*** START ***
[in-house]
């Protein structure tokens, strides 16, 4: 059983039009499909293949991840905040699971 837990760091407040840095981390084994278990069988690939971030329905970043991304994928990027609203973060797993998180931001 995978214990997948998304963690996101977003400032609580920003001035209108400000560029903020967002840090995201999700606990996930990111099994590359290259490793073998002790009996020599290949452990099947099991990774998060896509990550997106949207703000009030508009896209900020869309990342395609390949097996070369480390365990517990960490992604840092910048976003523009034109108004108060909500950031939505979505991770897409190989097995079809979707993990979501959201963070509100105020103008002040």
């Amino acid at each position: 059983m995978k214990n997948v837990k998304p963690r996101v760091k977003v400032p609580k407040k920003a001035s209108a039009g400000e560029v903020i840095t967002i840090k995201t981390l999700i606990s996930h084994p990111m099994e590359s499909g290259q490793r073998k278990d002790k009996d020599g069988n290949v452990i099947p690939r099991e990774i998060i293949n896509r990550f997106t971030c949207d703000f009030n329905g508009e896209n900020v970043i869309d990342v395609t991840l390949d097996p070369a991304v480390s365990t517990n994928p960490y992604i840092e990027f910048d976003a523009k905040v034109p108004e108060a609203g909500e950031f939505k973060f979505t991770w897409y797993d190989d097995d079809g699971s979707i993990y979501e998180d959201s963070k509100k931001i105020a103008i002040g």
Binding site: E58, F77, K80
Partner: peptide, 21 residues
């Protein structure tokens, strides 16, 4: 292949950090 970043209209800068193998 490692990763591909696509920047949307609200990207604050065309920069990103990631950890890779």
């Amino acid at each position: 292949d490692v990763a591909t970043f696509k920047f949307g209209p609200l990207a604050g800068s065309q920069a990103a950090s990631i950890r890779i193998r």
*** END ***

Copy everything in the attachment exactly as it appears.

[in-house]
């Protein structure tokens, strides 16, 4: 059983039009499909293949991840905040699971 837990760091407040840095981390084994278990069988690939971030329905970043991304994928990027609203973060797993998180931001 995978214990997948998304963690996101977003400032609580920003001035209108400000560029903020967002840090995201999700606990996930990111099994590359290259490793073998002790009996020599290949452990099947099991990774998060896509990550997106949207703000009030508009896209900020869309990342395609390949097996070369480390365990517990960490992604840092910048976003523009034109108004108060909500950031939505979505991770897409190989097995079809979707993990979501959201963070509100105020103008002040």
């Amino acid at each position: 059983m995978k214990n997948v837990k998304p963690r996101v760091k977003v400032p609580k407040k920003a001035s209108a039009g400000e560029v903020i840095t967002i840090k995201t981390l999700i606990s996930h084994p990111m099994e590359s499909g290259q490793r073998k278990d002790k009996d020599g069988n290949v452990i099947p690939r099991e990774i998060i293949n896509r990550f997106t971030c949207d703000f009030n329905g508009e896209n900020v970043i869309d990342v395609t991840l390949d097996p070369a991304v480390s365990t517990n994928p960490y992604i840092e990027f910048d976003a523009k905040v034109p108004e108060a609203g909500e950031f939505k973060f979505t991770w897409y797993d190989d097995d079809g699971s979707i993990y979501e998180d959201s963070k509100k931001i105020a103008i002040g």
Binding site: E58, F77, K80
Partner: peptide, 21 residues
């Protein structure tokens, strides 16, 4: 292949950090 970043209209800068193998 490692990763591909696509920047949307609200990207604050065309920069990103990631950890890779």
């Amino acid at each position: 292949d490692v990763a591909t970043f696509k920047f949307g209209p609200l990207a604050g800068s065309q920069a990103a950090s990631i950890r890779i193998r």